Maximum file size with rsync?

jw schultz jw at
Wed Aug 13 07:53:42 EST 2003

On Tue, Aug 12, 2003 at 11:27:28AM -0700, Jeff Frost wrote:
> On Tue, 12 Aug 2003, Steve Bonds wrote:
> > On Tue, 12 Aug 2003, Jeff Frost |Rsync List| wrote:
> > 
> > > I've been trying to find mention of rsync's maximum transferrable file
> > > size, but haven't been able to.  I'm specifically curious if it would
> > > be capable to send a file in the neighborhood of 200gb with rsync
> > > assuming the filesystems on both end could handle it?
> > 
> > Before embarking on this, check the archvies for a discussion of how the
> > rsync algorithm breaks down on files with over a few hundred megabytes of
> > changes, and how you can help correct for this by adjusting the block
> > size.
> > 
> > I don't think rsync would work well for files that large if they contained
> > lots of changes.
> I was thinking to use the whole-file option instead of letting it attempt to
> chew through the files for diffs, as I had problems with rsync dealing with 
> files in the 12-15gb range in the past, though it worked great when using 
> --whole-file.  Would there be a more efficient program to use for just moving 
> the bits over there?

If you had checked the archives you would know that changes
have been made in CVS (not yet released) to deal with this
issue.  How well this will work on a 200BG file is so far
only a matter of theory but it would be most helpful if you
could try and let us know.

If you do use 2.5.6 or earlier i don't think --whole-file is
going to speed things up unless the file is mostly changed.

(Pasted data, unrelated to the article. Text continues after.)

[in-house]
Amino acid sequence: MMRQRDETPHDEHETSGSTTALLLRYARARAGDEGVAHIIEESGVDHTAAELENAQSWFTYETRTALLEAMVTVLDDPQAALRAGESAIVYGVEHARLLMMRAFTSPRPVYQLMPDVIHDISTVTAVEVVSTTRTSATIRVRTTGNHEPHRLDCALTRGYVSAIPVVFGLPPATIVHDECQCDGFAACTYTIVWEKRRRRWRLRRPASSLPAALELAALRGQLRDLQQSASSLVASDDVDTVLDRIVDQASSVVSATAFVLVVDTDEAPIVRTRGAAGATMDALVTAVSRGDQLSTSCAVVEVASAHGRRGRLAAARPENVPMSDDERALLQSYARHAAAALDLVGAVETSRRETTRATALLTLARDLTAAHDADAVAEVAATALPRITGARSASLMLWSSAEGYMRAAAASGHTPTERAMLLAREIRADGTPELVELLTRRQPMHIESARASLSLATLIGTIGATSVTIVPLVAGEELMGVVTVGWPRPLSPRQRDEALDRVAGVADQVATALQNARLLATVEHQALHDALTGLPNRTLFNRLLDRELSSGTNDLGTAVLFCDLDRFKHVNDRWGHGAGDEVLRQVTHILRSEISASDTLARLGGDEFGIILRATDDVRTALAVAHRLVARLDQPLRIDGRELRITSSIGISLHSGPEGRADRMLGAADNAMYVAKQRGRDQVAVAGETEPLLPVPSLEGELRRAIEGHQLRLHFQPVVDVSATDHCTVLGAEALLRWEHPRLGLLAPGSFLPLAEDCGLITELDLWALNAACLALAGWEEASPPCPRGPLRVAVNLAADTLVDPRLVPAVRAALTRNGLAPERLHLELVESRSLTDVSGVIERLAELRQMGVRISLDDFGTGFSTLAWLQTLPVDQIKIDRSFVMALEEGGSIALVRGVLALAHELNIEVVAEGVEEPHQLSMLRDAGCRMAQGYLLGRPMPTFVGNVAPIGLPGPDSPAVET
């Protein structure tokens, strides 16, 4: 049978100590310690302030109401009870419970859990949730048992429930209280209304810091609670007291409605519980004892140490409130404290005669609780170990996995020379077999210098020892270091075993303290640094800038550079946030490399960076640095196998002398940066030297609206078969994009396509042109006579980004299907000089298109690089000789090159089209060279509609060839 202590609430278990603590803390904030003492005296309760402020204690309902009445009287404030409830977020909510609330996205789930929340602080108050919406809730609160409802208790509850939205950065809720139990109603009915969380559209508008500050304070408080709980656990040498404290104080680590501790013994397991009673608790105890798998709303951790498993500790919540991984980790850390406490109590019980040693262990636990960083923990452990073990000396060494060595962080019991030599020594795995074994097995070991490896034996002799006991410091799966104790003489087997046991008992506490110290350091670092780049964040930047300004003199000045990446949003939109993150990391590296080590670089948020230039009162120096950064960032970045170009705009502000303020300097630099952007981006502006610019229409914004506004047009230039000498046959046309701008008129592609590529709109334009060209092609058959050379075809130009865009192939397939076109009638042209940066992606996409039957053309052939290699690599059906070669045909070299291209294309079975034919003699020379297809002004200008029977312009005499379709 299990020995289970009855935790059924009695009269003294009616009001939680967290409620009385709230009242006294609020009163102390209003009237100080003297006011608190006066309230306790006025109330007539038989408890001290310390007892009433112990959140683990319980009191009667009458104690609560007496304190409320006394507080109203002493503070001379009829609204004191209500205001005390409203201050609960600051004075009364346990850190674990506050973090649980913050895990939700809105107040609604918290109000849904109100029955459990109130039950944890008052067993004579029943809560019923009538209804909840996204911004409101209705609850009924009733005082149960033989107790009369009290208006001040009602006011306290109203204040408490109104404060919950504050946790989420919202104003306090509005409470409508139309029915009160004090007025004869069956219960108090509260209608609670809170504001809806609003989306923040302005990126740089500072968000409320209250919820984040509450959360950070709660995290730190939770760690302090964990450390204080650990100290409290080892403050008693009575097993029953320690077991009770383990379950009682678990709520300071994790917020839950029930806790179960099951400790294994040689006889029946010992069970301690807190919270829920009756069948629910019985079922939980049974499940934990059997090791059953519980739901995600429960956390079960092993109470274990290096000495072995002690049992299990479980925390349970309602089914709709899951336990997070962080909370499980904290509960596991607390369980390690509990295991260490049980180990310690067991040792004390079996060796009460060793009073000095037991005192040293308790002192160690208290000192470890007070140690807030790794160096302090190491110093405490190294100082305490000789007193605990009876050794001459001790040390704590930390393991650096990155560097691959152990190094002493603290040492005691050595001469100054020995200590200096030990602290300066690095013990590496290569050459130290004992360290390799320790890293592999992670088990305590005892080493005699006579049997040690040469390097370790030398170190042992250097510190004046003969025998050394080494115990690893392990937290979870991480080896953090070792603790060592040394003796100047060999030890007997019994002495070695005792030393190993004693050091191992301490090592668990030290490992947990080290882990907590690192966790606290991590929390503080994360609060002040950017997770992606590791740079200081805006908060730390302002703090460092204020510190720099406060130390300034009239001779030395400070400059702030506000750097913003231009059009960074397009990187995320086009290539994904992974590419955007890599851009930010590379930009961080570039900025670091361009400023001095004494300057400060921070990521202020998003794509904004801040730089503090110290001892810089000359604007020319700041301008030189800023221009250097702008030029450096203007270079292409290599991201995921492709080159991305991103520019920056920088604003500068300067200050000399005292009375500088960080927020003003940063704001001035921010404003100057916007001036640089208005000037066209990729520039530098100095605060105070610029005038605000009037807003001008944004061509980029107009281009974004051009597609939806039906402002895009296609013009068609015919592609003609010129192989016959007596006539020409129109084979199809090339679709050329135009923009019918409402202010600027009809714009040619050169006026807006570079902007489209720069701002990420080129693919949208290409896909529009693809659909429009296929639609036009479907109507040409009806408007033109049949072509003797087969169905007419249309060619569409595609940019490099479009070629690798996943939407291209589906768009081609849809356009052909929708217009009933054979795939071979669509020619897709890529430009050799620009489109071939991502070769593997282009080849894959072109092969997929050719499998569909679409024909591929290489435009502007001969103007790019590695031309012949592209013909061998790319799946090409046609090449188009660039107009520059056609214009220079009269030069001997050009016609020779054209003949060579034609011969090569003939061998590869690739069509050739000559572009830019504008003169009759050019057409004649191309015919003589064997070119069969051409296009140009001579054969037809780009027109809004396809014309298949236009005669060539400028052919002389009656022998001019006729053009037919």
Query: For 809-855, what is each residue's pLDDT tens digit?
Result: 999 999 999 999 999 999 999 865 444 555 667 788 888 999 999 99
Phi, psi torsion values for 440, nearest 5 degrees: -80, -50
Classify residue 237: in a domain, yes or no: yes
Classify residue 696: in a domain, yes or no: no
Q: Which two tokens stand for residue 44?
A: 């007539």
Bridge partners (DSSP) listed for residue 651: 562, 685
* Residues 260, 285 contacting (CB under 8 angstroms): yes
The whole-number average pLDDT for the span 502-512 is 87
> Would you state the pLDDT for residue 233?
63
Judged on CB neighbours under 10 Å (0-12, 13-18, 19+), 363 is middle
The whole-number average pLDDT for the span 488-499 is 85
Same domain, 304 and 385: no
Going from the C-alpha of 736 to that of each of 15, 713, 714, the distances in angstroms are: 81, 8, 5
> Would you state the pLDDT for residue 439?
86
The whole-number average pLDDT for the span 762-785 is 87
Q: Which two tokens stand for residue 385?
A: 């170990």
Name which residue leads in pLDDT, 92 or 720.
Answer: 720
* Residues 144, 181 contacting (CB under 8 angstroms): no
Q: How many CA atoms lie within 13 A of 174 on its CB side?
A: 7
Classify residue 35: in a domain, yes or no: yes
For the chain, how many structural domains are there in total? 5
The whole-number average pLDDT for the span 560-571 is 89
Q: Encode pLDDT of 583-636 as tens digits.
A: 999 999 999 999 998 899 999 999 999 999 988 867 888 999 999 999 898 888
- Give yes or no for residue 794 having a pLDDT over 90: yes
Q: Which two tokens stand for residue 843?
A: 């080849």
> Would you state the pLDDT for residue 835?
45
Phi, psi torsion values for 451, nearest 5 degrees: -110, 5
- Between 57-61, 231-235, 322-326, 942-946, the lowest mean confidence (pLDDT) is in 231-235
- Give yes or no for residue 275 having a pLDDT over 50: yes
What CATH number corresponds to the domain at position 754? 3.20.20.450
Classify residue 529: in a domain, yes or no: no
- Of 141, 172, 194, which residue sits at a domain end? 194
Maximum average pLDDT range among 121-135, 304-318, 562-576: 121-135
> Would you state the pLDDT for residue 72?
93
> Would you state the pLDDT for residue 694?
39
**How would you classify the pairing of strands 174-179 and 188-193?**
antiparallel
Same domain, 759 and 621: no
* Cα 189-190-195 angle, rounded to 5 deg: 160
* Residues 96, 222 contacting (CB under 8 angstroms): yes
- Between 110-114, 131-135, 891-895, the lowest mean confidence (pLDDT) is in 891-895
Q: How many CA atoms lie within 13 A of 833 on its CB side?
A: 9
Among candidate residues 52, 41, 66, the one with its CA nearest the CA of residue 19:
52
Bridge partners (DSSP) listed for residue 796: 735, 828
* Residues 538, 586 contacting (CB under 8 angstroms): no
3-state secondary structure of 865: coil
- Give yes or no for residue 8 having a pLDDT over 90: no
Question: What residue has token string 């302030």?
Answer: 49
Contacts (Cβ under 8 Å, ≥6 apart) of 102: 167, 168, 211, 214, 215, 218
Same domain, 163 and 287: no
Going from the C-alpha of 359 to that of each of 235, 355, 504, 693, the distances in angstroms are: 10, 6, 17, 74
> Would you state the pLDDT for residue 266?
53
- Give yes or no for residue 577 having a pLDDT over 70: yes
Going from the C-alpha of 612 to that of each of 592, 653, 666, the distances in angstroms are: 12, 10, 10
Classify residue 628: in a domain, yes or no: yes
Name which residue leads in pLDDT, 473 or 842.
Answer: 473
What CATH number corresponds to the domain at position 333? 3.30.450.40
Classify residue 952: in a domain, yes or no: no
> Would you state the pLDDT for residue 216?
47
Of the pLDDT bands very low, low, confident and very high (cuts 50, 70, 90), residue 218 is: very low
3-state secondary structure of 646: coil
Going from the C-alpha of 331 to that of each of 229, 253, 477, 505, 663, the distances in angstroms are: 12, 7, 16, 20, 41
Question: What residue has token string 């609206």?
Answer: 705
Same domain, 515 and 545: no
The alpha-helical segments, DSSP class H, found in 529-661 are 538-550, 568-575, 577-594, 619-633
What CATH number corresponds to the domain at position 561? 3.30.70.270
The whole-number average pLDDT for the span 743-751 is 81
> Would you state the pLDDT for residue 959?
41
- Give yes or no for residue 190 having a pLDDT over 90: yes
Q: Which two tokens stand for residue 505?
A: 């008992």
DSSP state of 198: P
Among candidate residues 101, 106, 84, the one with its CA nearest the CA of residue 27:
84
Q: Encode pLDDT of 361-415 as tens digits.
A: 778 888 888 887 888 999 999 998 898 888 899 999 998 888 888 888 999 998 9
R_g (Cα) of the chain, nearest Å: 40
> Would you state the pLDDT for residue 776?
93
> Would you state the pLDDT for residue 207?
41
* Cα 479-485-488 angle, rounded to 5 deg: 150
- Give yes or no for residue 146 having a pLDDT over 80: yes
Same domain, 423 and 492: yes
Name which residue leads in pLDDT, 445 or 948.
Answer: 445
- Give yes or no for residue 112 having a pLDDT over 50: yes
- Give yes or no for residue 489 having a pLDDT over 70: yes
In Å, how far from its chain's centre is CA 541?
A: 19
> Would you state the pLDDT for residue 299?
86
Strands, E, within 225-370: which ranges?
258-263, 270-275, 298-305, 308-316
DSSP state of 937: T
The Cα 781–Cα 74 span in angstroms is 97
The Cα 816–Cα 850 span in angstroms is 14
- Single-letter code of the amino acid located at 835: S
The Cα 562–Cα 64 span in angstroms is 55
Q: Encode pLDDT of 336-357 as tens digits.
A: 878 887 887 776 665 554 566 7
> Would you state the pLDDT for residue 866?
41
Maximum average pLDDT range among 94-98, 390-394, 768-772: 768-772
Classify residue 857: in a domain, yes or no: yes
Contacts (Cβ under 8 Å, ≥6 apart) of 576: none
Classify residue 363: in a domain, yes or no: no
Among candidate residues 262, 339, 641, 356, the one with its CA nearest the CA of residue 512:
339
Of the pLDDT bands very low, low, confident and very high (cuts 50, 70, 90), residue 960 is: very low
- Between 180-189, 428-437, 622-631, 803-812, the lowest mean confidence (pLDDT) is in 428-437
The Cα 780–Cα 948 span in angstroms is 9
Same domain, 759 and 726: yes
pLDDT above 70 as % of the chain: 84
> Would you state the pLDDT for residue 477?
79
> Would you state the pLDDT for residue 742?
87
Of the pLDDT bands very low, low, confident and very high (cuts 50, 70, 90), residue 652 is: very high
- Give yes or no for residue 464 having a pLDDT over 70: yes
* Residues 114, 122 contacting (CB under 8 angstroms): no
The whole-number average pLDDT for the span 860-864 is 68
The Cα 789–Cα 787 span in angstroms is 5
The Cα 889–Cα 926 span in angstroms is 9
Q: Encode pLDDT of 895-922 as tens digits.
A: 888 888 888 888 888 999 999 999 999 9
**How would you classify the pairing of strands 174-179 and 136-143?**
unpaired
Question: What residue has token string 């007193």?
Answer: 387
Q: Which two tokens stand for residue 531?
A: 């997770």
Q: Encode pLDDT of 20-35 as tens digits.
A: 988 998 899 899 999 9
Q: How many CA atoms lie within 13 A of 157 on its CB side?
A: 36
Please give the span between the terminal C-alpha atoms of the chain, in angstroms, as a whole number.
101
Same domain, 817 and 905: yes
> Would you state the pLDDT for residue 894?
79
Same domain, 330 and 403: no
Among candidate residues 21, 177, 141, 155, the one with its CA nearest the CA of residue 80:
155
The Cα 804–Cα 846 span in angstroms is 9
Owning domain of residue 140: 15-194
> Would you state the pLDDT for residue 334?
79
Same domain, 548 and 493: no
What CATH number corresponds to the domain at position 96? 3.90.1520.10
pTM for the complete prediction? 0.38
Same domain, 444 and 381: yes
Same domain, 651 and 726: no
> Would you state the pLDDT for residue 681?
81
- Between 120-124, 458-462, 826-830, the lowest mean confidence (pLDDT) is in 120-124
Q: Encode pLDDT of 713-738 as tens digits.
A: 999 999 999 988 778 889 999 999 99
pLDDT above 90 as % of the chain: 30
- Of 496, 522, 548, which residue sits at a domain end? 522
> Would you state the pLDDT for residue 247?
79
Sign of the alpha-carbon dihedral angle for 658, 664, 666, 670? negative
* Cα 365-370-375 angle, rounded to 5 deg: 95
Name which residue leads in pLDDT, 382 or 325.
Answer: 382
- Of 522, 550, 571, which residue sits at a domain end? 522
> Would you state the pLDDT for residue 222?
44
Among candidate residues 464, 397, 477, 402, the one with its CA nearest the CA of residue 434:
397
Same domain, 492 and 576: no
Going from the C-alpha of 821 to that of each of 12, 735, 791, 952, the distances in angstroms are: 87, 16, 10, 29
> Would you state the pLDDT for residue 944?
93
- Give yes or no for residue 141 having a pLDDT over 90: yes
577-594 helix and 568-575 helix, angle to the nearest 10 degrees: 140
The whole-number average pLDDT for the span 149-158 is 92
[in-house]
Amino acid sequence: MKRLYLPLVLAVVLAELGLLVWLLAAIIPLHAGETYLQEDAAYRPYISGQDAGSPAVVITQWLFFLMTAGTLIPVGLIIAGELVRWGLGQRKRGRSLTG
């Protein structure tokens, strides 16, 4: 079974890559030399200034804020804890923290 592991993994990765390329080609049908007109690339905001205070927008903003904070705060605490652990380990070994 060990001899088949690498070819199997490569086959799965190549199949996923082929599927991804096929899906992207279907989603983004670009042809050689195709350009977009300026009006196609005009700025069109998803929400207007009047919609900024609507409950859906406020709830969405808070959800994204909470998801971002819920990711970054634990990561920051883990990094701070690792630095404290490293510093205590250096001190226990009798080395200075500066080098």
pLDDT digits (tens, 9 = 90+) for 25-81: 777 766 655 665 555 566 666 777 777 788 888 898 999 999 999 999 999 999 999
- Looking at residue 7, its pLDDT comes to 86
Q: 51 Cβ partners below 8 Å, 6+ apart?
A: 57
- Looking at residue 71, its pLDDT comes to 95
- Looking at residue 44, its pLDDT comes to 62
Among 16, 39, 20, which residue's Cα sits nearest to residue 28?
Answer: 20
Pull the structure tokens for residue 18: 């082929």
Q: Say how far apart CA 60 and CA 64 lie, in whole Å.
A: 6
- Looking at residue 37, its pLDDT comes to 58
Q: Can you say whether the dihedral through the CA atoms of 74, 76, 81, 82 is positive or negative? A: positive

Increasing the --block-size will help although 2.5.6 does
this automatically to a limited degree.  There is a table in
the list archives (not the ones from me) that indicates the
right block sizes to use for large files.

If you are transferring only one file and intend to use
whole-file i wouldn't use rsync.  scp would be faster, as
would gzip -c finame | ssh remote "gzip -d >finame".

Reading the archives may actually confuse the issue because
there are misstatements there.  What happens with the large
files is that there are checksum collisions due to the
number of blocks in the file.  This results in the some
mismatched blocks being used.  When the transfer (phase 1)
is complete the whole-file checksum detects the error and
the transfer is repeated (phase 2) using full checksums, it
does not fall back to whole-file.   Phase 1 is done using 6
bytes of checksum per block and phase 2 uses 20 bytes.  Both
phases use the same block size.  Given that each pass means
2+ file access on the receiver the network speed threshold
for --whole-file beating the rsync algorithm is lower if it
takes 2 passes.  The change in CVS affects block_size and
the phase 1 checksum size so that the likelihood of checksum
collision becomes infinitesimal.

	J.W. Schultz            Pegasystems Technologies
	email address:		jw at

		Remember Cernan and Schmitt

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